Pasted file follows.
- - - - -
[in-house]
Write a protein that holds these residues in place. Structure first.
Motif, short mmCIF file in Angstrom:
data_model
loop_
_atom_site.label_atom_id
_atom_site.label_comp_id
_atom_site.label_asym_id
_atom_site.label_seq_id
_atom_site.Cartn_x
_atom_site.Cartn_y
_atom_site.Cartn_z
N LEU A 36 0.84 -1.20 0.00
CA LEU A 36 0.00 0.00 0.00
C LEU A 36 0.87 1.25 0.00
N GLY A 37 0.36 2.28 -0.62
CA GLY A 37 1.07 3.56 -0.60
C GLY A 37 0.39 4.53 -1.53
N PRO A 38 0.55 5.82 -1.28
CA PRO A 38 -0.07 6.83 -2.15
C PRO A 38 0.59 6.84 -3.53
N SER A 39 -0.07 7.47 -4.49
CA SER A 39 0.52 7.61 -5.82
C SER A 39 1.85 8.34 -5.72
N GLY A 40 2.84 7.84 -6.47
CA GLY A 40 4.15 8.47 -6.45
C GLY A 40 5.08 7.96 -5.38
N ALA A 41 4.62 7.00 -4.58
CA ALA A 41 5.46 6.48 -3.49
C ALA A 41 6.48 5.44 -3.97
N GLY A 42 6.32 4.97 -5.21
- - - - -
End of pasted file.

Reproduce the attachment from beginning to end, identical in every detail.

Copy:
[in-house]
Write a protein that holds these residues in place. Structure first.
Motif, short mmCIF file in Angstrom:
data_model
loop_
_atom_site.label_atom_id
_atom_site.label_comp_id
_atom_site.label_asym_id
_atom_site.label_seq_id
_atom_site.Cartn_x
_atom_site.Cartn_y
_atom_site.Cartn_z
N LEU A 36 0.84 -1.20 0.00
CA LEU A 36 0.00 0.00 0.00
C LEU A 36 0.87 1.25 0.00
N GLY A 37 0.36 2.28 -0.62
CA GLY A 37 1.07 3.56 -0.60
C GLY A 37 0.39 4.53 -1.53
N PRO A 38 0.55 5.82 -1.28
CA PRO A 38 -0.07 6.83 -2.15
C PRO A 38 0.59 6.84 -3.53
N SER A 39 -0.07 7.47 -4.49
CA SER A 39 0.52 7.61 -5.82
C SER A 39 1.85 8.34 -5.72
N GLY A 40 2.84 7.84 -6.47
CA GLY A 40 4.15 8.47 -6.45
C GLY A 40 5.08 7.96 -5.38
N ALA A 41 4.62 7.00 -4.58
CA ALA A 41 5.46 6.48 -3.49
C ALA A 41 6.48 5.44 -3.97
N GLY A 42 6.32 4.97 -5.21